3 CARRIE LEE joined the Juvenile Justice Center as the Staff Attorney in January of Carrie s interest in criminal law began when she became field investigator for the Polk County Public Defender s office at the age of eighteen. She continued to love helping those in need during her law school career by assisting in the defense of one of the men charged in the 16 th Street Baptist Church bombing of the four little girls in Birmingham, Alabama. Upon graduation, Carrie started her career at the Ninth Judicial Circuit Public Defender s Office working in Osceola and Orange Counties. While at the Public Defender s office, Carrie performed in all aspects of criminal defense including felony, misdemeanor and appeals. She also helped to create a project to provide immediate assistance for those arrested and incarcerated. Prior to her joining the Juvenile Justice Center, her great love had come from working for 5 years with children in delinquency court as a lead attorney with the Juvenile Division of the Orange and Osceola County Public Defender s office. She also spent a year as an attorney for the Department of Children and Families. Carrie is an Advisory Board member of the Southern Juvenile Defender Center. She is also a member of the Florida Bar Juvenile Rules Committee, the American Bar Association Juvenile Justice Committee, the Central Florida Criminal Defender Lawyer s Association, the Central Florida Women s Lawyer Association and the Florida Bar Public Interest Section. As the Director for the JJC, Carrie loves being able to assist the juvenile defenders in the trenches to improve their advocacy and justice for the children. ROB MASON graduated in 1989 from the University of Florida College of Law and served as Associate Research Editor for the Law Review. He has been an Assistant Public Defender in Jacksonville, Florida since 1990 and has practiced in both the Special Defense Unit and Repeat Offender Court. He currently is the Director of Juvenile Court, and also serves as the Chair of the Florida Public Defender Association Juvenile Justice Committee. He is a member of the Florida Bar, Florida Association of Criminal Defense Lawyers, American Civil Liberties Union, Southern Poverty Law Center, National Association of Counsel for Children, and the Florida Bar Public Interest Law Section. Rob Mason has also been an adjunct professor at Florida State College at Jacksonville and Jones College, teaching Evidence and Criminal Law. Rob Mason is a member of the Advisory Board for the Southern Juvenile Defender Center and the Florida Bar Committee for the Legal Needs of Children. He has testified on juvenile issues before committees of the Florida Senate and Florida House and has lectured nationally on Juvenile Dispositional Advocacy, Child Hearsay, Strategies for Sex Offenses, Effective Juvenile Representation, Contempt, and Right to Counsel. He has participated as an American Bar Association Panelist on Child Victims and also served as faculty at the National Juvenile Defender Leadership Summit. He is an active member of the Advisory Committee for the Juvenile Justice Center at Barry University and is also one of the eight attorneys in Florida selected to participate in the Juvenile Indigent Defense Action Network, an initiative sponsored by the MacArthur Foundation dedicated to improve the juvenile indigent defense system nationwide. Rob Mason is one of only two defense attorneys from Florida invited by Attorney General Eric Holder to attend the National Symposium on Indigent Defense which convened in Washington D.C. in February, RHONDA McKITTEN, ESQ. is the Director of Training and senior trial attorney in the Juvenile Unit of the Defender Association of Philadelphia. Ms. McKitten is a member of the Disproportionate Minority Contact (DMC) Subcommittee of the Pennsylvania Commission on Crime and Delinquency and serves as the DMC Coordinator for Philadelphia County. As the Project Director for grants from the MacArthur Foundation Model's for Change initiative to the Defender Association, Ms. McKitten supervises work in the areas of training, aftercare and DMC reduction. Ms McKitten is a member of the MacArthur Foundation Pennsylvania Juvenile Indigent Defense Action Network and of the Juvenile Defender Association of Pennsylvania and has been actively involved in crafting recommendations for reform of indigent juvenile defense in Pennsylvania. Ms. McKitten worked with the National Juvenile Defender Center to draft the Ten Core Principles for Providing Quality Delinquency Representation Through Public Defense Delivery Systems, 2nd Edition, and has been a trainer at national conferences for defense counsel and other stakeholders in the justice system. Ms. McKitten was instrumental in developing a Juvenile Drug Treatment Court and a Graduated Sanctions Court in Philadelphia Family Court and has collaborated with law enforcement and the District Attorney's office to create a curriculum for police, which teaches officers more effective ways to interact with youth on the street. From , Ms. McKitten served as the Director of the Special Education Program for the Defender Association of Philadelphia and continues to supervise attorneys in their representation of special education clients. A 1999 graduate of Georgetown University Law Center, Ms. McKitten clerked for the Superior Court of the District of Columbia and has taught Juvenile Justice as an adjunct professor at the Temple University Beasley School of Law. MARIE OSBORNE is a seasoned indigent defense attorney with vast court room and administrative experience. She is a Phi Beta Kappa graduate from Florida State University and an honors graduate of the University of Florida School of Law. Following her law school graduation she accepted a position as an assistant public defender in the Miami-Dade Office where she worked for Public Defender, Bennett H. Brummer for 26 years. She started in the misdemeanor division, spent a year in the juvenile division and then eight years in the adult felony division trying all types of felony cases including a capital case. Ms. Osborne now works for Public Defender Carlos J. Martinez as one of four Chief Assistants with whom she shares responsibility for making policy, pursuing legislation, hiring, firing and all other administrative decisions towards the operation of a major urban office. The office has a national reputation Kids Are Different: Juvenile Justice Model Site Visit: Juvenile Indigent Defense Action Network Speaker Biographies Page 3
4 for excellence receiving, in 2008, the National Legal Aid and Defender Association s Clara Shortridge Award for outstanding achievement on behalf of indigent defense. This year, as part of a MacArthur Foundation Initiative, the Juvenile Division will train all its advocates according to the newly developed best practices standards for child representation. Since 1995 to the present, Ms. Osborne has had specific oversight of the Juvenile Division. Ms. Osborne directly supervises about 30 attorneys and 20 support staff, social workers, investigators and interns. The Miami-Dade Public Defender s Office, Juvenile Division, together with Barry University of Law, was selected by the MacArthur Foundation to participate in its Models for Change Initiative to promote to help accelerate a national juvenile justice reform movement. RANDY OTTO is a licensed psychologist and is board certified in forensic psychology and clinical psychology by the American Board of Professional Psychology. He is an Associate Professor in the Department of Mental Health Law & Policy at the University of South Florida and also is adjunct faculty at Stetson University College of Law, where he co-teaches courses on mental health law, and aging and the law. In addition, he has a Tampa-based practice that is limited to forensic psychological evaluation. Dr. Otto obtained master s and doctoral degrees in clinical psychology from Florida State University, he completed a clinical psychology internship at the Medical University of South Carolina in Charleston, and he was a Postdoctoral Fellow in the Department of Psychology and College of Law at the University of Nebraska-Lincoln, where he obtained a masters degree in legal studies. Dr. Otto s research, writing, and practice focuses on forensic psychological assessment. He has served as President of the American Board of Forensic Psychology and the American Psychology-Law Society, and he is completing a term as Treasurer of the American Board of Professional Psychology. He chairs the committee revising the Specialty Guidelines for Forensic Psychologists, and he serves on the editorial boards of a number of journals including Assessment, Behavioral Sciences & the Law, Journal of Behavioral Health Services & Administration, Journal of Child Custody, and Criminal Justice and Behavior. Dr. Otto has conducted training for attorneys and judges in Alaska, California, Delaware, Florida, Illinois, Indiana, Louisiana, Minnesota, New Jersey, Tennessee, Texas, Virginia, Washington, West Virginia, and Wisconsin. KATHERINE PUZONE is an Assistant Professor of Law at Barry University School of Law where she teaches the Children and Families Clinic and a seminar on the death penalty. Having represented death row inmates for over a decade in private practice and as a federal public defender in Alabama, Kathy saw every day the consequences when at-risk children do not receive the help they need. Kathy's clinic students represent children primarily in the delinquency system. The clinic focuses on children who have mental health issues. Kathy's goal is to incorporate the model of mitigation used in capital cases into representing children. Her students investigate and prepare factual defenses to the delinquent acts alleged and they also prepare a mitigation case designed to get the child and the child's family the services needed while allowing the child to remain in school and in their home environment. Before coming to Barry, Kathy practiced at two large New York City law firms and in the Federal Public Defender's Office in Montgomery, Alabama. While in New York, Kathy was an instructor in the Legal Practice Workshop at Columbia Law School. She holds a J.D., cum laude, from New York University School of Law where she was an associate editor of the Law Review. She also holds an M. Phil. from the University of Cambridge and a B.A. from Trinity College. MARIA SCHNEIDER is the Assistant State Attorney in Charge of the Juvenile Division for the 17 th Judicial Circuit of Florida. Since joining the office in 1993 Ms. Schneider had served as a lead attorney in the felony trial division, the Sexual Battery Unit, the Organized Crime and Gang Activity Unit and the Career Criminal Unit. Upon receiving her JD degree from Nova Southeastern University s Center from the Study of law in 1986 until 1993 Ms. Schneider had been employed as an Assistant Public Defender in Broward County, Fl. Ms. Schneider is actively involved in numerous community and professional organizations that advocate for the rights and wellbeing of children such as the Florida Bar Juvenile Rules Committee, the Juvenile Justice Board for the 17 th Judicial Circuit, and the Broward County chapter of Communities in Schools, a non-profit organization that focuses on dropout prevention. She also teaches as an adjunct professor at Florida Atlantic University, Nova Southeastern University, and Nova Southeastern University Center for the Study of Law and lectures often for the Florida Department of Juvenile Justice, the Florida Prosecuting Attorney s Association and the National District Attorney s Association. DR. ADELE SOLAZZO is a Staff Psychologist with Sixth Circuit Court, Juvenile Division in Clearwater, Florida. She provides evaluations on children and adolescents to assist the court with disposition sanctions for youth who are facing delinquency charges. Prior to her employment with the Sixth Circuit, Dr. Solazzo was a Senior Psychologist for the Department of Juvenile Justice in Tampa, Florida. She was responsible for the oversight of ongoing mental health services, crisis intervention, psychological evaluation and general wellness practices for youth detained in the eight regional juvenile detention centers. Dr. Solazzo received her Ph.D. from the University of Miami. She is published and has lectured in a variety of settings throughout the state of Florida on children with mental health and substance issues and the specialization of treatment for girls. Kids Are Different: Juvenile Justice Model Site Visit: Juvenile Indigent Defense Action Network Speaker Biographies Page 4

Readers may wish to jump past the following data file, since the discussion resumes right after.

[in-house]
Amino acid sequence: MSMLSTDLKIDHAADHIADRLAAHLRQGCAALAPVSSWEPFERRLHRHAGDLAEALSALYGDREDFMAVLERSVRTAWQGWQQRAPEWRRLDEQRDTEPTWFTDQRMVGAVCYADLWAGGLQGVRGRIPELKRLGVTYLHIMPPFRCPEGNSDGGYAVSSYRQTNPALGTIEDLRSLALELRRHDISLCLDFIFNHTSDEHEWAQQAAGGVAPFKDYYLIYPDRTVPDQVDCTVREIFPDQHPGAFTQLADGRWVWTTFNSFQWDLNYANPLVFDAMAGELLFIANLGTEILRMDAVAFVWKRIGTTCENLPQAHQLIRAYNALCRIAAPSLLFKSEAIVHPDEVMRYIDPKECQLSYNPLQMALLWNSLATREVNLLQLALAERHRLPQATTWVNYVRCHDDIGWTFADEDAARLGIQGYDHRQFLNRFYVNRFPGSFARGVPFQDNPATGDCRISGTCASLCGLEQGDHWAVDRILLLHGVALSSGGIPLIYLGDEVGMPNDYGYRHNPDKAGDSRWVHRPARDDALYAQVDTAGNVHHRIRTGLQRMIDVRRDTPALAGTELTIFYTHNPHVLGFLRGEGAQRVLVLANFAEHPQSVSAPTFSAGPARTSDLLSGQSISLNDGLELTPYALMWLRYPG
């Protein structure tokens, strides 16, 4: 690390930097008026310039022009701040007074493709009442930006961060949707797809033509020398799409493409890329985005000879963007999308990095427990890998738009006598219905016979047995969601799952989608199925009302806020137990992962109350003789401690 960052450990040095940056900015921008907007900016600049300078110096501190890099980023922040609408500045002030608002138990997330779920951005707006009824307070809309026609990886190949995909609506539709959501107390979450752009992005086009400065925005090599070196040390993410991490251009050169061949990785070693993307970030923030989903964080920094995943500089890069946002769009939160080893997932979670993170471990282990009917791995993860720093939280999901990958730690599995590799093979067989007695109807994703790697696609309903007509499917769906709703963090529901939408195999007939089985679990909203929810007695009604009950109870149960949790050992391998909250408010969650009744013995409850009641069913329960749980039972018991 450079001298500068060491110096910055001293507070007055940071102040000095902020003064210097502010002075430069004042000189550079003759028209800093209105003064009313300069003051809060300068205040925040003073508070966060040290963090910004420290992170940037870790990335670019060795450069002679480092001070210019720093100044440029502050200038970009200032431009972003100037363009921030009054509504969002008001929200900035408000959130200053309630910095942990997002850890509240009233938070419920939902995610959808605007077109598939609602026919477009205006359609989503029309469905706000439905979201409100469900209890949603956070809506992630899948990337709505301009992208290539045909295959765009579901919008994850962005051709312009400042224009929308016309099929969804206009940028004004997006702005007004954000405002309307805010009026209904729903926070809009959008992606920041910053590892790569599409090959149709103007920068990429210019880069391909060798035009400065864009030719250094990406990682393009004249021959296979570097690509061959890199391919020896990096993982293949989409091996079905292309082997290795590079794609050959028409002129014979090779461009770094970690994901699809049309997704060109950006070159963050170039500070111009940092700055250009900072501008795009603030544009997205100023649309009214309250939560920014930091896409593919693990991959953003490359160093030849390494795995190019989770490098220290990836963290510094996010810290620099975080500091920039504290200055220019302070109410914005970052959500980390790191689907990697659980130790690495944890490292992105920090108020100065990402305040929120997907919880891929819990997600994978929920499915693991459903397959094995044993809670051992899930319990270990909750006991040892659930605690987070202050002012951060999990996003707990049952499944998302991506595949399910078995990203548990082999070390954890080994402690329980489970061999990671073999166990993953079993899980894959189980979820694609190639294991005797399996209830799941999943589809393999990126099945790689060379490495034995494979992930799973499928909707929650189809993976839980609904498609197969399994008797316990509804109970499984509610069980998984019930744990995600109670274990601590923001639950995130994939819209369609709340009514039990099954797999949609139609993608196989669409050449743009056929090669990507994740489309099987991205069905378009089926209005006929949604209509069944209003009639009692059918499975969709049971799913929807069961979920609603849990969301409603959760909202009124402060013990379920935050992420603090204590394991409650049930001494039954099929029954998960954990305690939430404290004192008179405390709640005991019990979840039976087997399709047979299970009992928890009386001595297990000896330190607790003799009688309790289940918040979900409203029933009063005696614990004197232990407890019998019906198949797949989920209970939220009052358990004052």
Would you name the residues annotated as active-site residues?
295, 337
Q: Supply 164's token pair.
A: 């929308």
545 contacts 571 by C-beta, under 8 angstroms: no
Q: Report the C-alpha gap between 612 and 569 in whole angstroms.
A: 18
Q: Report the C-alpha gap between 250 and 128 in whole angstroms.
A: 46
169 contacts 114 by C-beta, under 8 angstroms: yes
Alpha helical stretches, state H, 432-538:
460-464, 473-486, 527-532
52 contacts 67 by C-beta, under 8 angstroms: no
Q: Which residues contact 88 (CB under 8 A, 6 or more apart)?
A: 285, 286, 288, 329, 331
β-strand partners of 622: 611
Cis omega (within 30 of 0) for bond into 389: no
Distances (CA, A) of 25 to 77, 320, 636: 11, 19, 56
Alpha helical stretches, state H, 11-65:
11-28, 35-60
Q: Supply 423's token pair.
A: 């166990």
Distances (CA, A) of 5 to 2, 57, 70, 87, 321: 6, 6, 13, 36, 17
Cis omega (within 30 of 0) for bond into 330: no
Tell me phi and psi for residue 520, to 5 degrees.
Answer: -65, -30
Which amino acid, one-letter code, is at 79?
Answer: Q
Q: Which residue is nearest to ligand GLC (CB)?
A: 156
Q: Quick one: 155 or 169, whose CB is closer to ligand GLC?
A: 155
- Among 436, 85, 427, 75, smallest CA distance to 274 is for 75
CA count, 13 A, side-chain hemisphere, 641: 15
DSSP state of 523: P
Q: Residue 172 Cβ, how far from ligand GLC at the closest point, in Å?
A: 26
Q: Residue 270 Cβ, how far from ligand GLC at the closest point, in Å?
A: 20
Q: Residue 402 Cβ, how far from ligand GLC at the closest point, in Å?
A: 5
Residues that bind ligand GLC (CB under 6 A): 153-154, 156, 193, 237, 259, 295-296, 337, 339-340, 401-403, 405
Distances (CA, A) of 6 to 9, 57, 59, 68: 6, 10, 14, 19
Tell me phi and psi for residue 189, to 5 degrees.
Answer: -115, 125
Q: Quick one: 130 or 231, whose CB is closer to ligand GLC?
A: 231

5 DAVID UTTER has spent his legal career representing indigent individuals in civil rights cases throughout the South. He is the former director and co-founder of the Juvenile Justice Project of Louisiana. He has worked as an attorney with the Southern Center for Human Rights in Atlanta, where he represented indigent prisoners in Alabama and Louisiana who challenged illegal treatment and conditions. He also co-founded the Louisiana Crisis Assistance Center to address inequities in the defense of indigent persons facing the death penalty. In 2003, the Louisiana Bar Foundation named Utter its Distinguished Attorney of the Year for his work on juvenile justice reform. He is also the recipient of the Ford Foundation and Advocacy Institute s Leadership for a Changing World Award for He is a graduate of Emory University and the University of Florida Levin College of Law. ANGELA VIGIL is the Director of Pro Bono and Community Service for North America for Baker & McKinzie, LLP. Prior to joining the firm, Ms. Vigil worked for the Children and Family Justice Center, Bluhm Legal Clinic of the Northwestern University School of Law as the Director of Children s Law and Pro Bono Projects, where she led strategic litigation and advocacy on behalf of children. Ms. Vigil also worked as an attorney, director and clinical teacher at Northwestern University s Children and Family Justice Center Community Law Clinic, where she founded, directed and managed legal intake and practice in the neighborhood branch office. Ms. Vigil focuses her practice on children s law, civil rights and criminal law. She also has experience in litigation and dispute resolution. She frequently lectures at various national and international conferences on issues related to professional responsibility in children s law, juvenile justice practice, the representation of juvenile sex offenders, the transfer of children to adult criminal court, and interviewing and counseling child clients. She also presents on pro bono management in law firms and in legal service organizations, as well as on teaming with corporate clients through pro bono service. Ms. Vigil received her bachelor's degree from the University of North Carolina at Chapel Hill in 1992 and her juris doctorate from Northwestern University School of Law in GEORGE YEANNAKIS holds the position of Special Counsel with TeamChild in Seattle as part of the MacArthur Foundation s Models for Change Initiative. As Special Counsel at TeamChild he works to enhance juvenile defense in Washington through training, leadership development and technical assistance. Prior to joining TeamChild he consulted with counties and municipalities in Washington to improve the delivery of public defense services. He was a public defender for over 20 years in Seattle with The Defender Association and Society of Counsel where he supervised the juvenile offender unit. He was lured from juvenile defense to establish the Youth Advocacy Clinic at Seattle University where he was a Visiting Clinical Law Professor for five years. George has served on many statewide panels and commissions reviewing juvenile justice policies. He currently chairs the juvenile offender subcommittee of the Washington State Bar Association Council on Public Defense. Kids Are Different: Juvenile Justice Model Site Visit: Juvenile Indigent Defense Action Network Speaker Biographies Page 5